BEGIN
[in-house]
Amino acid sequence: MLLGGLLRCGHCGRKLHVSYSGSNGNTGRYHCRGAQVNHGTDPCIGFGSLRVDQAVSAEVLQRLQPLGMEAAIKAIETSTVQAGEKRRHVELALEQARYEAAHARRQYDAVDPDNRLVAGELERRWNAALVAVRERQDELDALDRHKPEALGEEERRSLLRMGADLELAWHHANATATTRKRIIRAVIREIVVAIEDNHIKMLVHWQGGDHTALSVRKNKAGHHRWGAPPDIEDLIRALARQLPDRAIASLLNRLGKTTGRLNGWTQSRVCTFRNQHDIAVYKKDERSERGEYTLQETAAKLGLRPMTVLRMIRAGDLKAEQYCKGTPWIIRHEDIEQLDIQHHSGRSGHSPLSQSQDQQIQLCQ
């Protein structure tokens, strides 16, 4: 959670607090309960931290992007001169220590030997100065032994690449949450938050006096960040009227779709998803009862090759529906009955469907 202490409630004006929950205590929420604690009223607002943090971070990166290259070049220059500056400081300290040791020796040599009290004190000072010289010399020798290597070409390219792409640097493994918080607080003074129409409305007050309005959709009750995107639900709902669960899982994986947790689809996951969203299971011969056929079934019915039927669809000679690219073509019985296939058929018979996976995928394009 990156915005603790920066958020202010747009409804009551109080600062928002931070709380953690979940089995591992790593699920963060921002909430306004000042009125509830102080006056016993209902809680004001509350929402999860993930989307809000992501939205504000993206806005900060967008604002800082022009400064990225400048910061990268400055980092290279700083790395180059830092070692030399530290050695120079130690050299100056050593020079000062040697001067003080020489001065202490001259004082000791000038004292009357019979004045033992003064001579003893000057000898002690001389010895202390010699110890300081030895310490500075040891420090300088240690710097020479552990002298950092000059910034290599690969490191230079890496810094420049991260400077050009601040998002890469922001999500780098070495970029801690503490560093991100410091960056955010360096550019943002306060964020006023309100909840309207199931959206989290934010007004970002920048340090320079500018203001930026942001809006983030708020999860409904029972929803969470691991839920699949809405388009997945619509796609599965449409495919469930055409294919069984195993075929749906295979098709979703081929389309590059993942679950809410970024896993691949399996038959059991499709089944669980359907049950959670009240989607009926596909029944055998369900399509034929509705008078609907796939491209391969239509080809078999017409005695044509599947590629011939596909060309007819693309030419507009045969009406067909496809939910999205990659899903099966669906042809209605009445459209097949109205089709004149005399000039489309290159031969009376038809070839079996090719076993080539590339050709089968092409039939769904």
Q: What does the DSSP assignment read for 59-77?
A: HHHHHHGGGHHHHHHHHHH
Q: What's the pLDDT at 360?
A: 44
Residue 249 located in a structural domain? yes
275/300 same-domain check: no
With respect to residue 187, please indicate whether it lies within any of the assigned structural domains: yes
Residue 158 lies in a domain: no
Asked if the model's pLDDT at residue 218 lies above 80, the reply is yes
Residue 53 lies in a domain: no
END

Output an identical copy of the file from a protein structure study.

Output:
[in-house]
Amino acid sequence: MLLGGLLRCGHCGRKLHVSYSGSNGNTGRYHCRGAQVNHGTDPCIGFGSLRVDQAVSAEVLQRLQPLGMEAAIKAIETSTVQAGEKRRHVELALEQARYEAAHARRQYDAVDPDNRLVAGELERRWNAALVAVRERQDELDALDRHKPEALGEEERRSLLRMGADLELAWHHANATATTRKRIIRAVIREIVVAIEDNHIKMLVHWQGGDHTALSVRKNKAGHHRWGAPPDIEDLIRALARQLPDRAIASLLNRLGKTTGRLNGWTQSRVCTFRNQHDIAVYKKDERSERGEYTLQETAAKLGLRPMTVLRMIRAGDLKAEQYCKGTPWIIRHEDIEQLDIQHHSGRSGHSPLSQSQDQQIQLCQ
């Protein structure tokens, strides 16, 4: 959670607090309960931290992007001169220590030997100065032994690449949450938050006096960040009227779709998803009862090759529906009955469907 202490409630004006929950205590929420604690009223607002943090971070990166290259070049220059500056400081300290040791020796040599009290004190000072010289010399020798290597070409390219792409640097493994918080607080003074129409409305007050309005959709009750995107639900709902669960899982994986947790689809996951969203299971011969056929079934019915039927669809000679690219073509019985296939058929018979996976995928394009 990156915005603790920066958020202010747009409804009551109080600062928002931070709380953690979940089995591992790593699920963060921002909430306004000042009125509830102080006056016993209902809680004001509350929402999860993930989307809000992501939205504000993206806005900060967008604002800082022009400064990225400048910061990268400055980092290279700083790395180059830092070692030399530290050695120079130690050299100056050593020079000062040697001067003080020489001065202490001259004082000791000038004292009357019979004045033992003064001579003893000057000898002690001389010895202390010699110890300081030895310490500075040891420090300088240690710097020479552990002298950092000059910034290599690969490191230079890496810094420049991260400077050009601040998002890469922001999500780098070495970029801690503490560093991100410091960056955010360096550019943002306060964020006023309100909840309207199931959206989290934010007004970002920048340090320079500018203001930026942001809006983030708020999860409904029972929803969470691991839920699949809405388009997945619509796609599965449409495919469930055409294919069984195993075929749906295979098709979703081929389309590059993942679950809410970024896993691949399996038959059991499709089944669980359907049950959670009240989607009926596909029944055998369900399509034929509705008078609907796939491209391969239509080809078999017409005695044509599947590629011939596909060309007819693309030419507009045969009406067909496809939910999205990659899903099966669906042809209605009445459209097949109205089709004149005399000039489309290159031969009376038809070839079996090719076993080539590339050709089968092409039939769904």
Q: What does the DSSP assignment read for 59-77?
A: HHHHHHGGGHHHHHHHHHH
Q: What's the pLDDT at 360?
A: 44
Residue 249 located in a structural domain? yes
275/300 same-domain check: no
With respect to residue 187, please indicate whether it lies within any of the assigned structural domains: yes
Residue 158 lies in a domain: no
Asked if the model's pLDDT at residue 218 lies above 80, the reply is yes
Residue 53 lies in a domain: no